Wokingham Borough Council will be putting forward its annual budget for approval on 16 February, making the tough decisions to ensure that it remains financially sound and protects those most in need.
Financial pressures, high costs and inadequate Government funding have meant significant savings need to be made, causing the challenge of setting the budget (for April 2023 to March 2024) to be one of the toughest the council has ever faced. However, the council is confident this robust and balanced budget will ensure financial security for the borough and allow them to continue to spend money where it is most needed – with approximately 60% of the budget allocated to adult and children’s services.
Limited funding from central government
With high inflation pushing up all our costs and the needs of residents increasing, the council needed an extra £26million this year to plug the funding gap; instead, we received only a £1.8million increase in our funding grant from the Government.
Wokingham Borough continues to receive the least funding from central government per resident of any unitary authority in the country – £30million per year less than if it was funded in the same way as the average unitary authority – at a time when our residents need support the most.
The budget proposal sets out how the council has saved almost £12million in service efficiencies, of which over £10million comes from cost reductions. This will help to limit the impact on Council Tax payers, but the increase in costs and needs, combined with low government funding, has made increasing Council Tax inevitable.
The proposed increase in the borough council’s element of Council Tax will be 4.99% - this includes a 2% adult social care precept. 1% of the increase will be ring-fenced as a reserve to reduce historic and projected overspends on Special Educational Needs.
The average Band D Council Tax for 2023/24 (including the fire service precept, police precept and average parish council precept is proposed to be £1,751.84.
Due to the current cost of living pressures, additional funds from the council to support residents is being provided. Most recently, the council approved an additional £100,000 to help those who may experience financial difficulties in paying their council tax.
The council has also set aside £250,000 to help those struggling to afford the basics as the long winter draws on during this cost of living crisis.
Costs continue to rise
The increase in inflation rates, which currently stands at over 10 per cent, has meant the cost of everything has continued to rise, not only for residents and local businesses, but also for the council.
To help drive further efficiencies, the council set up an organisational foundation programme (OFP) to provide a coordinated and strategic approach to generating the cost reductions needed. This programme included a focus on its workforce, contracts, procurement and assets.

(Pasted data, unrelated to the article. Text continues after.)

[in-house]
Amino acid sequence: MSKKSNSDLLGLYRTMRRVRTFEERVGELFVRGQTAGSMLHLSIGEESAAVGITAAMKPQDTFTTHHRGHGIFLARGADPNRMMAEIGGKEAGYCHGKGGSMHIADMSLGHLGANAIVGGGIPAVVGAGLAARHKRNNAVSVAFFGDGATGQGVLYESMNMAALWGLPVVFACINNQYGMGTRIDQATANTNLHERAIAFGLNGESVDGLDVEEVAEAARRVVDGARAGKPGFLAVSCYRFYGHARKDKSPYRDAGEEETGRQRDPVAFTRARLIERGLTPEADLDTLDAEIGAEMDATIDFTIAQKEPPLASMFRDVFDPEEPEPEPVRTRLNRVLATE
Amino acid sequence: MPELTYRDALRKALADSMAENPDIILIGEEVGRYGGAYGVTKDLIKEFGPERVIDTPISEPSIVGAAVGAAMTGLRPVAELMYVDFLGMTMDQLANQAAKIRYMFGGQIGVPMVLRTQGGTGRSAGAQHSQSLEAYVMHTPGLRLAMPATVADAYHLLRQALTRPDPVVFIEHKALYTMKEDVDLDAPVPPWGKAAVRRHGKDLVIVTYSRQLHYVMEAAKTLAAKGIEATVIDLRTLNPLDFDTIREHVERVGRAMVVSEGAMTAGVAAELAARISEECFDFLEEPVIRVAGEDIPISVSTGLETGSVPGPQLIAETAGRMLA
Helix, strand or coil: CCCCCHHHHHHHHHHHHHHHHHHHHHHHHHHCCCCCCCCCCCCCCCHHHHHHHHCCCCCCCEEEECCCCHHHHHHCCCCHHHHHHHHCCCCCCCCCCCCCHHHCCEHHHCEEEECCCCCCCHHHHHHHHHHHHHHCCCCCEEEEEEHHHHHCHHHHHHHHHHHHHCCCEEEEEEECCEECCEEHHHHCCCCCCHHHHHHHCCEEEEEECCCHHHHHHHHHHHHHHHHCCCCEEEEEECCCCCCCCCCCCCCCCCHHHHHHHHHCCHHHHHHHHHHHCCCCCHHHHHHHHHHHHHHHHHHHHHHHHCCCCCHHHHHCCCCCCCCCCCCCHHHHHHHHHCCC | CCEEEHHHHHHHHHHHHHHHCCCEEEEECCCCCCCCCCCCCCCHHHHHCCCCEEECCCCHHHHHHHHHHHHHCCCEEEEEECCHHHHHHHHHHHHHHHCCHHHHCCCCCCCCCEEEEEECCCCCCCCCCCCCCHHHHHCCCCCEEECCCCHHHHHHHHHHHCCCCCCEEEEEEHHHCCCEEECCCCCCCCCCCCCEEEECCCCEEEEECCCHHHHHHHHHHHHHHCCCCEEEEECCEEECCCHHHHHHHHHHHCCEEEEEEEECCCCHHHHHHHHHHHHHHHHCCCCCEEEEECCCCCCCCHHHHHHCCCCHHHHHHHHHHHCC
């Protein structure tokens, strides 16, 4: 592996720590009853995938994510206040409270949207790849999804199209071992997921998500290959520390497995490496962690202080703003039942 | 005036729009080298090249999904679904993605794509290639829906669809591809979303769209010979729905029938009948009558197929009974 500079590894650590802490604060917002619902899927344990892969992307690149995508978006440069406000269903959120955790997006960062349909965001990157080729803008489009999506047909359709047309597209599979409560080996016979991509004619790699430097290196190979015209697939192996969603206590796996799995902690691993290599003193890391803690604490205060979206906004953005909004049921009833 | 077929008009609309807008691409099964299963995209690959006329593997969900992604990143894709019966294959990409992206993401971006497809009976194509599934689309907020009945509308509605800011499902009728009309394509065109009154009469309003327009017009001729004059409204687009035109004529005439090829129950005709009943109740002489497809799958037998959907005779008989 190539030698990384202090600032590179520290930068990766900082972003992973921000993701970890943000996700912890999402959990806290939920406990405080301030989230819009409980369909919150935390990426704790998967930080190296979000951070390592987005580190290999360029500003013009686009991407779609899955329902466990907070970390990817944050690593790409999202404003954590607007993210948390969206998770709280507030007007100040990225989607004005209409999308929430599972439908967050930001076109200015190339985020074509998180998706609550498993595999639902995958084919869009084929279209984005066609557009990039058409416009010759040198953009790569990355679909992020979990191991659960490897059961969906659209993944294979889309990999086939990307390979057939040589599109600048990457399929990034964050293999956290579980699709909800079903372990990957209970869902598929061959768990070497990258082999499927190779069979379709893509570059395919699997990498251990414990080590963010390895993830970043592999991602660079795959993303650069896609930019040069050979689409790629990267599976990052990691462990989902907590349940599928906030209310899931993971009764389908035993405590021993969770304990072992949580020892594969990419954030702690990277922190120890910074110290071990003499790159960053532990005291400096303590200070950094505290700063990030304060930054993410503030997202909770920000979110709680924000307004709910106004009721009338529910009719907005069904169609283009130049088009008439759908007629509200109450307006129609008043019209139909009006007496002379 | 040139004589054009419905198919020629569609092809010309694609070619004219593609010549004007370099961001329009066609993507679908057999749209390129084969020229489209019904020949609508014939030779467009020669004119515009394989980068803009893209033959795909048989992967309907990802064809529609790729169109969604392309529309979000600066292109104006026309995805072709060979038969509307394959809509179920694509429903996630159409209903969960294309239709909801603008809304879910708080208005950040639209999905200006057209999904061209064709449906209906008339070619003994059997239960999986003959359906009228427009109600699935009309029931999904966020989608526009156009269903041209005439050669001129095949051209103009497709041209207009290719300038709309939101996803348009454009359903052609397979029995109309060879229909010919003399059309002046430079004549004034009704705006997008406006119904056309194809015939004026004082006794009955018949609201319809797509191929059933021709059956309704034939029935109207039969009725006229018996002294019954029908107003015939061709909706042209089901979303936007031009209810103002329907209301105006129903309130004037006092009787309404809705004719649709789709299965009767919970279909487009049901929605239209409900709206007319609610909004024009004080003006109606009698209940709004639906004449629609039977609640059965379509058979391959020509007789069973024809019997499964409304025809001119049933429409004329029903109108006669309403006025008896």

This year’s robust budget has been designed to ensure the council remains financially sound to ensure vital services are protected and residents receive the help and support they need to keep their families safe.
The budget has been scrutinised across the political spectrum within the council during the past six months. It outlines increases in demand for statutory services for residents, including those with special education needs and disabilities.
Making tough decisions
Leader of the council Cllr Clive Jones said: “Everything we do is costing more money and we have had to make the tough decisions to ensure we are meeting the needs of our residents who look to us for support during these difficult times.
“For many years Wokingham Borough has not received its fair share of funding from central government. We receive about £30million a year less than if we were funded at the national average at a time when additional funding is needed to help us balance the books.
“The Government has created a terrible economic situation for us all – prices going up and up, and people are desperate for support and yet they refuse to help and instead put all the responsibility on local government and local taxpayers.
"We completely understand that Council Tax increases are going to hit people hard and that is why we have found an extra £100,000 to reduce the impact on those worst effected and have set aside £250,000 to support those most in need.
"We have also made huge saving and efficiencies to reduce the impact. But the fact is that we must find the money to help those who need us most and to balance our books so we don’t go bankrupt as other councils have done – with dire consequences for their residents”.
Protecting vital council services
Executive member for finance Cllr Imogen Shepherd-Dubey said: “Setting the council’s budget is a complex process especially with inadequate funding, increasing costs and growing financial pressures. However, we will make cuts wherever possible to make the savings needed to fulfil our commitment to keep all our residents safe and protect vital council services.
“We have made £11.8million in service efficiencies, which is helping to limit the impact on Council Tax payers, but low government funding, at a time when costs are rising significantly, has made the it impossible to avoid Council Tax increases”.
Full details of the proposals are included in the agenda papers for the council meeting. Further information about the council’s financial situation can be found on the council’s Engage Wokingham website.
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